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15 Dyno-Proven Horsepower Combos

Rear-Wheel Dyno Combos

Photography by Marko Radielovic

Every year we plant ourselves at the Castrol Syntec/Werx Motorsports mobile chassis dyno at the Car Craft Summer Nationals to observe our readers' cars on the chassis dyno. This year we also staked out the dyno at the Street Machine Nationals in Lima, Ohio, to broaden the scope of this article. A wide variety of cars, engines, and combos made their way to the rollers to prove their mettle. Keep in mind that these are real-world numbers subject to a whole slew of outside factors that affect horsepower. It should be no surprise that the Midwest is quite hot and humid during the summer, so power output was significantly lower than it would have been on a cool Fall morning. That said, at least all who participated were subjected to the same handicaps.

Now before we get letters from the AMC/Ford/fill-in-the-blank faithful about bias, we camp out at the dyno during the entire event, and we can only document the vehicles that actually step up. We avoided the high-compression participants, as we felt they weren't a reflection on the typical street combinations that the average guy would screw together. So sit back and take note of how much power the real world is cranking.

Pontiac: Mild

Car: '68 Pontiac GTO
Owner: Guy Hiney

Guy Hiney of Anoka, Minnesota, has proven that the 400ci Pontiac can be a contender with the right bolt-ons. Though his Goat pumped out less than he had hoped, 313 hp at the wheels is nothing to be ashamed of, and it's better than many larger and more radical combinations we've encountered. Guy's 0.030-over 400 has been outfitted with a 292H Comp hydraulic cam, a set of roller rockers on stock Pontiac head castings, and an Edelbrock Performer RPM intake with a 750-cfm Quadrajet. It just goes to show that Pontiacs, like all other American V-8s, respond to the usual performance upgrades.

Engine

Type: Pontiac V-8
Displacement: 406 ci
Compression: 10.0:1
Best e.t.: 13.0

Heads

Make and model: Production iron
Port work: None
Valve sizes: 2.11/1.77 inches
Rocker arms: 1.52:1 roller

Camshaft

Make: Comp Cams
Type: Hydraulic flat-tappet
Duration at 0.050: 244 degrees
Valve lift: 0.501 inch

Induction, Ignition, and Exhaust

Intake: Edelbrock Performer RPM
Carburetor: Q-jet
Ignition: Pertronix
Exhaust: 1 ¾-inch headers, 2 ½-inch dual exhaust

Performance

Owner's guess: 355 hp
Dyno result: 313 hp, 362 lb-ft

Oldsmobile: Wild

Car: '84 Hurst Olds
Owner: Gary and Cindi Valland

This '84 Hurst Olds owned by Gary and Cindi Valland surprised us all. While it sounded nasty, we weren't prepared for the nearly 400 rear-wheel horsepower or the nearly 500 lb-ft of torque. In California where we are strangled with emissions laws, we don't expect a "late model" to sound quite like the Valland's Oldsmobile. The Edelbrock aluminum cylinder heads are undoubtedly responsible for a good portion of this Rocket's 384 hp, as is the long-duration Camotion solid grind. Up top, Gary perched an Offy Portosonic intake and a Holley 780 Street Avenger carb. The often-overlooked Oldsmobiles are truly capable of outstanding performance with the right combination of parts.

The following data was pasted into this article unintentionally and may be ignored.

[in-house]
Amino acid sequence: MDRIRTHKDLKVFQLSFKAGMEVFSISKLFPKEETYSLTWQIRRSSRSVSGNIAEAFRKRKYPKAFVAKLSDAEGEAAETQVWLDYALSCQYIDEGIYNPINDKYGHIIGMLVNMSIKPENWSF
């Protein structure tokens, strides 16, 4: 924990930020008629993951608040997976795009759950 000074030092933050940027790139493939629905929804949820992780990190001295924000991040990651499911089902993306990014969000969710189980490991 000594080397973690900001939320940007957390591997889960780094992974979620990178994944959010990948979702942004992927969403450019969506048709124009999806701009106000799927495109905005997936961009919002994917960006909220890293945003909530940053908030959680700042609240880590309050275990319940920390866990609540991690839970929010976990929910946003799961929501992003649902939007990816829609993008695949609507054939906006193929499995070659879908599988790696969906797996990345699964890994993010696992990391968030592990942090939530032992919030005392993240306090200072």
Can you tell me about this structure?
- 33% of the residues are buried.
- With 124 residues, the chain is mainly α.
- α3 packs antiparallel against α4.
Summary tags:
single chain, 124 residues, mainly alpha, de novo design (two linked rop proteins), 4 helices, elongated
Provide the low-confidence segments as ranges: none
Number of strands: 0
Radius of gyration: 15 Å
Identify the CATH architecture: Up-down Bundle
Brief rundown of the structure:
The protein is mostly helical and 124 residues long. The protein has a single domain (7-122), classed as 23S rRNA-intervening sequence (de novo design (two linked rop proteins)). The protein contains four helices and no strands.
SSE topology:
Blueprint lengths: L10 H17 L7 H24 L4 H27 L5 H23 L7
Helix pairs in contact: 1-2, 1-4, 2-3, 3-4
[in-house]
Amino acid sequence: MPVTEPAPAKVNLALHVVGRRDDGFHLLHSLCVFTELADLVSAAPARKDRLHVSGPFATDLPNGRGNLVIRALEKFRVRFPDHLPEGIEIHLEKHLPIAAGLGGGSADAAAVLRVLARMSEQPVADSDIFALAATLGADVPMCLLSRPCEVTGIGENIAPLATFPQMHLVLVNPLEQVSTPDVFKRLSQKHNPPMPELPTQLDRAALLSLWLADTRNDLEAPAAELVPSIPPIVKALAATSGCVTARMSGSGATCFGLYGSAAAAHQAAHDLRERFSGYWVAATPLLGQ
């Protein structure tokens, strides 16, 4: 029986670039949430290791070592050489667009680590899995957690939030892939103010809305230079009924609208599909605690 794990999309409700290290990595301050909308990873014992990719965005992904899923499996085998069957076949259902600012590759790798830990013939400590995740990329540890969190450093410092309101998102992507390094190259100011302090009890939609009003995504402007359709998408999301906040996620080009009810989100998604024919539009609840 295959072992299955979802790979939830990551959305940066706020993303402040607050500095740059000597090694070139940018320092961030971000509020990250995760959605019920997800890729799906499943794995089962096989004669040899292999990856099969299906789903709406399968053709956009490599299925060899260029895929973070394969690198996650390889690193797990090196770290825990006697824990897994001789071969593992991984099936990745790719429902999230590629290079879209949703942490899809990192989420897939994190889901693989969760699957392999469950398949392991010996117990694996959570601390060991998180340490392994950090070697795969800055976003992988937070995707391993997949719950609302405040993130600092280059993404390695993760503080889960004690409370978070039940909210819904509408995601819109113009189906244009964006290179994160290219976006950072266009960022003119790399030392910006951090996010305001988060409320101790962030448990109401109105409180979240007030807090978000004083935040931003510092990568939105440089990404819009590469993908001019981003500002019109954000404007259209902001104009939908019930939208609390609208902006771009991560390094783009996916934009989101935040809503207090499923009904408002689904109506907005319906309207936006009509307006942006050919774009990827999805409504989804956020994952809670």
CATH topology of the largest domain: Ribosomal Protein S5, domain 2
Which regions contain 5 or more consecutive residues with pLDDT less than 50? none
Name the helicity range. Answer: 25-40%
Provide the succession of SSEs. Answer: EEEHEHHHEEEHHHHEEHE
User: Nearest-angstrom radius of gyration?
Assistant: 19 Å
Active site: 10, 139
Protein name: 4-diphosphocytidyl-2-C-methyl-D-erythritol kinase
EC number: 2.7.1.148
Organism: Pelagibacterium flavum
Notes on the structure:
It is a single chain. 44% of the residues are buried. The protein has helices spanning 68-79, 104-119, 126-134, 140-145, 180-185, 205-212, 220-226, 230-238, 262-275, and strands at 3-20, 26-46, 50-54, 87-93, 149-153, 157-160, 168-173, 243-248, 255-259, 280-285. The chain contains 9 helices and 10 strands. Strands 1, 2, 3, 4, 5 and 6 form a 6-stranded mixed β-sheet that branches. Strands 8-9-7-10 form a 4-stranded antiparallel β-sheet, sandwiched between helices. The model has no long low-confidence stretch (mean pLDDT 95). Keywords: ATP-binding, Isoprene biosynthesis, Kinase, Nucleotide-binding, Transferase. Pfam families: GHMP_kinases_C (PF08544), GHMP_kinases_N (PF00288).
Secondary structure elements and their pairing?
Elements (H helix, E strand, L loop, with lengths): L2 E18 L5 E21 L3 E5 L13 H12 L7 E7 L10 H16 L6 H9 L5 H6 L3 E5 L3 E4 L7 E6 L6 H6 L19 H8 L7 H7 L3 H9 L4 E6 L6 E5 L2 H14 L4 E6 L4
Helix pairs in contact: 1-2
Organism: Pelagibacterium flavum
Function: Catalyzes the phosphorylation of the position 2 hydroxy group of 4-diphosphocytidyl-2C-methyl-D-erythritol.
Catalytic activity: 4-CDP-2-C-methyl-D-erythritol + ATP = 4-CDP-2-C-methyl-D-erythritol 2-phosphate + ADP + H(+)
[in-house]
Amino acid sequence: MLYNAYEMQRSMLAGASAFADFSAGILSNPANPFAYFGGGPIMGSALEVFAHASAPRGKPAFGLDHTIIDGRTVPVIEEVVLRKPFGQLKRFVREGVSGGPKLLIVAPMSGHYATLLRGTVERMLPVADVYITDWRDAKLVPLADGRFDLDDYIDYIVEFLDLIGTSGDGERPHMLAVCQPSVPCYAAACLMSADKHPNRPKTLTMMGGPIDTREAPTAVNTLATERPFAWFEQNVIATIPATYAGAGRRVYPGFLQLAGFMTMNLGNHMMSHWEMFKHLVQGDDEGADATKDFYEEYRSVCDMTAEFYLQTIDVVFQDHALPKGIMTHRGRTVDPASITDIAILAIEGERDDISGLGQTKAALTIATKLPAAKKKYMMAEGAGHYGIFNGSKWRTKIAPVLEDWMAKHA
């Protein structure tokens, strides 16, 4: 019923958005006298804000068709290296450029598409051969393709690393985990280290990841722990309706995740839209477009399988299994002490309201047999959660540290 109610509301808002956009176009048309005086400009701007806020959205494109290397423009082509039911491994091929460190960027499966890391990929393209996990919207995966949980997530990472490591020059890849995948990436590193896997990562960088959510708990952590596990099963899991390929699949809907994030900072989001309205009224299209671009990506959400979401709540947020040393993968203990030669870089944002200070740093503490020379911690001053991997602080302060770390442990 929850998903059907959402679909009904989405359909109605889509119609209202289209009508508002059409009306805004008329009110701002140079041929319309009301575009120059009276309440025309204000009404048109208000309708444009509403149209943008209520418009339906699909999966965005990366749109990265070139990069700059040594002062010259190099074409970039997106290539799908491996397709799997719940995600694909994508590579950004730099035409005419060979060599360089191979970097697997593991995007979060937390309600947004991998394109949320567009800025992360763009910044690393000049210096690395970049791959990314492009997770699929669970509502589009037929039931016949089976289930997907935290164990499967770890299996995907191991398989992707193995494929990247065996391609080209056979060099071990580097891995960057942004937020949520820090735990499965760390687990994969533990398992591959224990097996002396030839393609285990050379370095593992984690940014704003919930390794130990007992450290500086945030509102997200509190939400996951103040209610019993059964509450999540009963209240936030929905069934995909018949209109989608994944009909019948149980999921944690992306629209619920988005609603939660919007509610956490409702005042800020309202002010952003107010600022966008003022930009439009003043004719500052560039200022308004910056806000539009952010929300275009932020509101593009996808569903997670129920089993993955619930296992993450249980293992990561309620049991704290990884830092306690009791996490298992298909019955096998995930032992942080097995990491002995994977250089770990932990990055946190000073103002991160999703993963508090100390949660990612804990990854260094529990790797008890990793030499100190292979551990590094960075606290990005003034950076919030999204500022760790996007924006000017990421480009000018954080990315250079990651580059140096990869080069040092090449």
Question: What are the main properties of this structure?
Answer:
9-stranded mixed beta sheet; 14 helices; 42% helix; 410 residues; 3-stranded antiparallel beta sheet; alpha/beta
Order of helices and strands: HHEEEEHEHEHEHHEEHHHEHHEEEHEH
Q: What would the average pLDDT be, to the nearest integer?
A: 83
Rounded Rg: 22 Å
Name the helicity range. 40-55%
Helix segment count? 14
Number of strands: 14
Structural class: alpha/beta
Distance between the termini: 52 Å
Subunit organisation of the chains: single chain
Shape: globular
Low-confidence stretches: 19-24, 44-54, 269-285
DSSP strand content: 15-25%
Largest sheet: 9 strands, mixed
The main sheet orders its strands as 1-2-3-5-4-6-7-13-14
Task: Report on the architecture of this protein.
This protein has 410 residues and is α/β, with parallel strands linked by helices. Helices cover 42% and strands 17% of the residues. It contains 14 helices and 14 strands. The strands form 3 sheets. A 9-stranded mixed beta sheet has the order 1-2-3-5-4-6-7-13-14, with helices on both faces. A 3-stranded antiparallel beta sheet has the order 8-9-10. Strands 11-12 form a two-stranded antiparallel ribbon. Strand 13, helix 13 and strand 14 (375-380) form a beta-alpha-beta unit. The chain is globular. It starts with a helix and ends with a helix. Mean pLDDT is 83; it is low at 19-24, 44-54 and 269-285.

Engine

Type: Oldsmobile V-8
Displacement: 468 ci
Compression: 10.5:1
Best e.t.: Unknown

Heads

Make and model: Edelbrock Performer RPM, aluminum
Port work: Fully ported
Valve sizes: 2.19/1.68 inches
Rocker arms: 1.5:1 rollers

Camshaft

Make: Camotion
Type: Solid flat-tappet
Duration at 0.050: 252/260 degrees
Valve lift: 0.576/0.566 inch

Induction, Ignition, and Exhaust

Intake: Offenhauser Portosonic
Carburetor: Holley 780-cfm Avenger
Ignition: MSD distributor with MSD 6AL
Exhaust: 17/8-inch headers, 3-inch dual exhaust

Performance

Owner's guess: 400 hp
Dyno result: 384 hp, 480 lb-ft

GM LS1: Mild

Car: '00 Pontiac Trans Am
Owner: Mark Heid

The reason for including a late-model LS1 in this article is simple. In a world of high-tech overhead-cam engine technology, GM has built another pushrod motor, and an outstanding one at that. With a few basic modifications, the LS1 will deliver the goods--period. Mark Heid and fiance Bridgette's Pontiac Trans Am, like many across the U.S., has been bolstered with what amounts to computer mods and an exhaust system and that's it. It still cranked out well over 300 hp at the wheels. The LS1 is the next-generation Mouse, with a plethora of aftermarket companies developing quality speed parts to make the already stout performers even faster. Who says pushrod engines are dead?

Engine

Type: GM LS1 V-8
Displacement: 346 ci
Compression: 10.0:1
Best e.t.: Unknown

Heads

Make and model: Stock aluminum
Port work: None
Valve sizes: 2.00/1.55 inches
Rocker arms: Stock 1.7:1 rollers

Camshaft

Make: Stock
Type: Hydraulic roller
Duration at 0.050: Stock
Valve lift: Stock

Induction, Ignition, and Exhaust

Intake: Stock
Carburetor: Stock throttle-body
Ignition: Stock with Hypertech programmer
Exhaust: Stock manifolds, after-cat aftermarket system with cutouts

Performance

Owner's guess: 340 hp
Dyno result: 326 hp, 335 lb-ft

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